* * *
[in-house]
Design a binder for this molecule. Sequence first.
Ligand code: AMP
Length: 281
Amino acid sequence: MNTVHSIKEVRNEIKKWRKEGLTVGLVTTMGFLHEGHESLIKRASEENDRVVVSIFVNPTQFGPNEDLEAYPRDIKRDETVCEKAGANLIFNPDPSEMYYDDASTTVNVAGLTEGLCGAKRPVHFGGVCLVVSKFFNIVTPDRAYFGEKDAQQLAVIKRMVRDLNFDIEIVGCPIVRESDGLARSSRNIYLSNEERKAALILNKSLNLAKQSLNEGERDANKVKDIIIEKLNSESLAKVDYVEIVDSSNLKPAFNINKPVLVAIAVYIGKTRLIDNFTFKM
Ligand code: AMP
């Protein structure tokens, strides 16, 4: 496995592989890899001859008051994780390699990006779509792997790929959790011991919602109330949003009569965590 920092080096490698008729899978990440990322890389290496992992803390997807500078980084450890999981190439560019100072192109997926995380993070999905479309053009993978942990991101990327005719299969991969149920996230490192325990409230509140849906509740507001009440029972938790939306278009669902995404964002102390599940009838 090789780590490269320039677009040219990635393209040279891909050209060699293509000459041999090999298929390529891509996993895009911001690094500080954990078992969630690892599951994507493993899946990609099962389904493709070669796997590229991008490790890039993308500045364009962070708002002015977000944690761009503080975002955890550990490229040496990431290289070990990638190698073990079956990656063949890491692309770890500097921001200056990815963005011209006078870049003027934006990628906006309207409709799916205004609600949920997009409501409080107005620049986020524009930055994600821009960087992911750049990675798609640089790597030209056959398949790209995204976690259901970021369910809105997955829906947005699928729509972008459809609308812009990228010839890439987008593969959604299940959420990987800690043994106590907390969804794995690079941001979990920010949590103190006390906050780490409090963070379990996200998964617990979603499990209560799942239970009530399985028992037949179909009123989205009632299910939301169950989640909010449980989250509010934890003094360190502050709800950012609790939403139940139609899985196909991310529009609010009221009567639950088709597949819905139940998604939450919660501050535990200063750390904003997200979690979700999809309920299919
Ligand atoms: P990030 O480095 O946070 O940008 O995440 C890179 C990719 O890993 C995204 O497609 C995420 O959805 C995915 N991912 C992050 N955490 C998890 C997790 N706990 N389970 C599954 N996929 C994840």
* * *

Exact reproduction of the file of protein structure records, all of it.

[in-house]
Design a binder for this molecule. Sequence first.
Ligand code: AMP
Length: 281
Amino acid sequence: MNTVHSIKEVRNEIKKWRKEGLTVGLVTTMGFLHEGHESLIKRASEENDRVVVSIFVNPTQFGPNEDLEAYPRDIKRDETVCEKAGANLIFNPDPSEMYYDDASTTVNVAGLTEGLCGAKRPVHFGGVCLVVSKFFNIVTPDRAYFGEKDAQQLAVIKRMVRDLNFDIEIVGCPIVRESDGLARSSRNIYLSNEERKAALILNKSLNLAKQSLNEGERDANKVKDIIIEKLNSESLAKVDYVEIVDSSNLKPAFNINKPVLVAIAVYIGKTRLIDNFTFKM
Ligand code: AMP
């Protein structure tokens, strides 16, 4: 496995592989890899001859008051994780390699990006779509792997790929959790011991919602109330949003009569965590 920092080096490698008729899978990440990322890389290496992992803390997807500078980084450890999981190439560019100072192109997926995380993070999905479309053009993978942990991101990327005719299969991969149920996230490192325990409230509140849906509740507001009440029972938790939306278009669902995404964002102390599940009838 090789780590490269320039677009040219990635393209040279891909050209060699293509000459041999090999298929390529891509996993895009911001690094500080954990078992969630690892599951994507493993899946990609099962389904493709070669796997590229991008490790890039993308500045364009962070708002002015977000944690761009503080975002955890550990490229040496990431290289070990990638190698073990079956990656063949890491692309770890500097921001200056990815963005011209006078870049003027934006990628906006309207409709799916205004609600949920997009409501409080107005620049986020524009930055994600821009960087992911750049990675798609640089790597030209056959398949790209995204976690259901970021369910809105997955829906947005699928729509972008459809609308812009990228010839890439987008593969959604299940959420990987800690043994106590907390969804794995690079941001979990920010949590103190006390906050780490409090963070379990996200998964617990979603499990209560799942239970009530399985028992037949179909009123989205009632299910939301169950989640909010449980989250509010934890003094360190502050709800950012609790939403139940139609899985196909991310529009609010009221009567639950088709597949819905139940998604939450919660501050535990200063750390904003997200979690979700999809309920299919
Ligand atoms: P990030 O480095 O946070 O940008 O995440 C890179 C990719 O890993 C995204 O497609 C995420 O959805 C995915 N991912 C992050 N955490 C998890 C997790 N706990 N389970 C599954 N996929 C994840």